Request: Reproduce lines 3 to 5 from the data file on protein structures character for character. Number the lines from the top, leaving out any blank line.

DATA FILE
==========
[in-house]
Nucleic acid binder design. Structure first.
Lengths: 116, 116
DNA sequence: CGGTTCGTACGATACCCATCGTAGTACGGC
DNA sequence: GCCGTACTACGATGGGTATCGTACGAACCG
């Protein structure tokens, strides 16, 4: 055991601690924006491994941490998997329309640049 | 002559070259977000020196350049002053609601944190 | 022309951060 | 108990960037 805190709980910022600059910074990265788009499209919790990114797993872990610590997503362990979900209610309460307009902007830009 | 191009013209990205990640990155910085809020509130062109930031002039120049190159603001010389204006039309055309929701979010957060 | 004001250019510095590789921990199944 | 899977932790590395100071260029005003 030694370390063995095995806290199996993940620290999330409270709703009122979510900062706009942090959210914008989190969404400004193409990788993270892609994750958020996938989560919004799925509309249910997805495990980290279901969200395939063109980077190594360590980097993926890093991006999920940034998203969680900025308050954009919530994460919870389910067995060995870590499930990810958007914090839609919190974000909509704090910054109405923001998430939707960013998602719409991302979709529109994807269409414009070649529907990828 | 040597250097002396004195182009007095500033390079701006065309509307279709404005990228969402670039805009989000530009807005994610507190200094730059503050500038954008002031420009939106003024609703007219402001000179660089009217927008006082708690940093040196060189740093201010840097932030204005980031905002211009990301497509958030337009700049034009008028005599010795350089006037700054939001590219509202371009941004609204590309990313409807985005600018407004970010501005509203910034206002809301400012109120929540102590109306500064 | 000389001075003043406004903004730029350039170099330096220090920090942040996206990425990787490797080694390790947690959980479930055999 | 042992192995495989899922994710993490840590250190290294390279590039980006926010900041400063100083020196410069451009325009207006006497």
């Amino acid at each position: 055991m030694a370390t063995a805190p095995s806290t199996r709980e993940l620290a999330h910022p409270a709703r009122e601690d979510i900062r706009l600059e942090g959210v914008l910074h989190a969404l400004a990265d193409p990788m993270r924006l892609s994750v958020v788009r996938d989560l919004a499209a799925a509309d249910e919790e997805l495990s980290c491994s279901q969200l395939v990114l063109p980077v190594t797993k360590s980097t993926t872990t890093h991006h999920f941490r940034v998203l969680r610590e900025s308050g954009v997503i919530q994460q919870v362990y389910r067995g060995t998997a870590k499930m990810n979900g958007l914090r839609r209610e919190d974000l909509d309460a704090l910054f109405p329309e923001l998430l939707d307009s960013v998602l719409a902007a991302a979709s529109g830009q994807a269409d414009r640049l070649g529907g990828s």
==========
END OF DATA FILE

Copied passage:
Lengths: 116, 116
DNA sequence: CGGTTCGTACGATACCCATCGTAGTACGGC
DNA sequence: GCCGTACTACGATGGGTATCGTACGAACCG